Russia-Cuba Agreement May Produce a Response from U.S.
“More than anything, this agreement must not go unnoticed in Washington,” Independent Petroleum Association of America President Barry Russell said on Aug 4. “Both in the long and short-term, our energy priorities must focus on safely expanding American energy production, especially from the nation’s federal onshore and offshore lands that are owned by all Americans.”
Russell said that IPAA strongly urges US Interior Secretary Ken Salazar to move forward with a five-year OCS plan which opens deep oceans to responsible development. “Doing otherwise would be a blow to our struggling economy and a poor decision for our national security,” he warned.
Michael Whatley, vice president of the Consumer Energy Alliance, also said that it’s vital for Salazar’s new five-year OCS plan to open more US offshore tracts for responsible development, especially off Alaska’s coast.
“As officials in Moscow and Havana work to expand energy production just miles from the Florida Keys, vast amounts of American energy resources, both onshore and offshore, remain padlocked by the federal government,” he noted.
Thomas J. Pyle, president of the Institute for Energy Research, suggested on Aug. 5 that Washington policymakers have focused more on governmental economic intervention, such as the cash-for-clunkers program, than sensible energy policies.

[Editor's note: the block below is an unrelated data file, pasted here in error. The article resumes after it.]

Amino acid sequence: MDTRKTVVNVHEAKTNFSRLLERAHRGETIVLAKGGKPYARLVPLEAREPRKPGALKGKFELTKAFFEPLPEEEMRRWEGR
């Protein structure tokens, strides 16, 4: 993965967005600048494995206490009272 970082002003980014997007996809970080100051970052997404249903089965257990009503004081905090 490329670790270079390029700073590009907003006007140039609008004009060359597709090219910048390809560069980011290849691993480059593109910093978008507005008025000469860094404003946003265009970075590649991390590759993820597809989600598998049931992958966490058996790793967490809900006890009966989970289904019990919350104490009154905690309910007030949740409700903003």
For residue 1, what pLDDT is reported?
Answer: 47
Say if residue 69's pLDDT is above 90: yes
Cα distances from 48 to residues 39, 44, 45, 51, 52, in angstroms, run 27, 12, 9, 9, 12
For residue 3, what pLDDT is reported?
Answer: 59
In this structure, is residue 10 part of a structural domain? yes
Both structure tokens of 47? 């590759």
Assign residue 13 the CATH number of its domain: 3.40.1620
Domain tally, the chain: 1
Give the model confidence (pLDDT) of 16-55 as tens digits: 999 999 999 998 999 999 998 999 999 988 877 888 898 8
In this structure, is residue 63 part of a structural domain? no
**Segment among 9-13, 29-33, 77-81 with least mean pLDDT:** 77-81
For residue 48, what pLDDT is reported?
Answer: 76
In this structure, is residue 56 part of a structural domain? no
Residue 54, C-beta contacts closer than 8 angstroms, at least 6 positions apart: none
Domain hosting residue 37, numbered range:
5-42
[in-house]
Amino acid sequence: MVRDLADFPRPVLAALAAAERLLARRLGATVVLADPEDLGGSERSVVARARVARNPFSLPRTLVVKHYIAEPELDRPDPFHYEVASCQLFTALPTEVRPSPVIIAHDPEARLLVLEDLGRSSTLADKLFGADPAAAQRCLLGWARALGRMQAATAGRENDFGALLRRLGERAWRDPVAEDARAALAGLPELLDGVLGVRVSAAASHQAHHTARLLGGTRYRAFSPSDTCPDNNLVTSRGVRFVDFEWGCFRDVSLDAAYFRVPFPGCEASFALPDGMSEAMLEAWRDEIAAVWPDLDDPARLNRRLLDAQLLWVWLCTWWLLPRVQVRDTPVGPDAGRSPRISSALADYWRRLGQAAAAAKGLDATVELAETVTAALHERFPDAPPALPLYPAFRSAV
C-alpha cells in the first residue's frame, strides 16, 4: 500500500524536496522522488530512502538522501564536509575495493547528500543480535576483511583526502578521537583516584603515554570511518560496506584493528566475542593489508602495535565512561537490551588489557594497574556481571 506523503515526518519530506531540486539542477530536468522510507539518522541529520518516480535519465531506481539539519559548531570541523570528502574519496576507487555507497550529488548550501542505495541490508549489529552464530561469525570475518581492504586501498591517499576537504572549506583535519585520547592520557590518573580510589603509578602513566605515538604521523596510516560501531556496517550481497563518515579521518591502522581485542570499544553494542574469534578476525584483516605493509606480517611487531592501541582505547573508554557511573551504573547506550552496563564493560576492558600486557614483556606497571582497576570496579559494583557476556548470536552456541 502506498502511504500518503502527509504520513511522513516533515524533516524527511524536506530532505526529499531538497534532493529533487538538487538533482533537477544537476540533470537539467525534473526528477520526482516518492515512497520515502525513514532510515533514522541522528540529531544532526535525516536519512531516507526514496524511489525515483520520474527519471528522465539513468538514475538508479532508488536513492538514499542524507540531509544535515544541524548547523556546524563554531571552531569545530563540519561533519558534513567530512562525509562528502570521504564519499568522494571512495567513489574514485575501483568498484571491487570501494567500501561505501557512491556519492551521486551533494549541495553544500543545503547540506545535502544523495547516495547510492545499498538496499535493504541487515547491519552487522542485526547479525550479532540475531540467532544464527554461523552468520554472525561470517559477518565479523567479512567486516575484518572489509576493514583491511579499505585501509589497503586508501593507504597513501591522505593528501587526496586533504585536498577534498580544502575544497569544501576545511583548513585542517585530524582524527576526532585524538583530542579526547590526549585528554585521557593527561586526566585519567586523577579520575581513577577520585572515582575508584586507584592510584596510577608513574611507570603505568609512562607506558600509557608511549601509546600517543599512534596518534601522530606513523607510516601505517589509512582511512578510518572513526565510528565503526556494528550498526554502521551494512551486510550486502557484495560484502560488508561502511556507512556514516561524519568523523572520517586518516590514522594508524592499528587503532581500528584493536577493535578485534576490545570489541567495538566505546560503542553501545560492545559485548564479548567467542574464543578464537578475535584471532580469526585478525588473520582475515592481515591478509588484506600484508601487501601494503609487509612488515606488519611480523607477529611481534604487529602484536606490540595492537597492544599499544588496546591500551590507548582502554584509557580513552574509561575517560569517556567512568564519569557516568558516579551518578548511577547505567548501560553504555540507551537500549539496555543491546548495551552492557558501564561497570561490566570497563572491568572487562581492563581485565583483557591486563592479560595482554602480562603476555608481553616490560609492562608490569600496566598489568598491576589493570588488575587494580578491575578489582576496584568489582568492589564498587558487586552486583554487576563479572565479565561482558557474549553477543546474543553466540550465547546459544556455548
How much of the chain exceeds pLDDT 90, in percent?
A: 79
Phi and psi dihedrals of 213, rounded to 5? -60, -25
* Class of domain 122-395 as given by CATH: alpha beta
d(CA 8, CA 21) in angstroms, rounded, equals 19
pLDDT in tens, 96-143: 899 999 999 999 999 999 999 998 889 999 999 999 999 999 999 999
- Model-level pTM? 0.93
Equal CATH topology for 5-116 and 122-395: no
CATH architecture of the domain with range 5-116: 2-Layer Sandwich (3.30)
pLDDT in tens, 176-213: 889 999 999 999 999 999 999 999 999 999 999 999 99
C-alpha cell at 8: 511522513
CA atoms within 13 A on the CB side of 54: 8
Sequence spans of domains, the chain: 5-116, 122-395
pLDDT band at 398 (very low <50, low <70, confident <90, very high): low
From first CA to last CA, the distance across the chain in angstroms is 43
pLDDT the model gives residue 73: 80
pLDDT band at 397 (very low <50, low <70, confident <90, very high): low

“Washington must get back to the basics, and focus on expanding freedoms and prosperity, not the size of government and our debt. This agreement between Russia and Cuba should serve as a wake-up call to Congress and this administration, especially Secretary Salazar, who is slow-walking a new offshore energy blueprint for the nation,” he said.
In at least one instance, two federal lawmakers may have anticipated the Russian-Cuban agreement. S. 1517, the OCS revenue-sharing bill which US Sens. Mary L. Landrieu (D-La.) and Lisa Murkowski (R-Alas.) introduced on July 27, contains two sections that neither senator emphasized at the time.
Section 6 would allow Americans to explore for oil, extract oil, and sell equipment for those activities in “any portion of any foreign exclusive economic zone that is contiguous to the exclusive economic zone of the United States.”
Section 7 mentions travel to, from, and within Cuba “in connection with exploration for and the extraction of hydrocarbon resources in any part of a foreign maritime exclusive economic zone” contiguous to the US EEZ.
A US Senate Energy and Natural Resources Committee source confirmed that the provisions are designed to let US companies compete as Cuba tries to develop its offshore resources.
That would require US recognition of the island nation’s government after more than 40 years. There have been rumors that the Obama administration pulled its initial proposal back so it can go further, possibly because of the Russia-Cuba offshore development deal.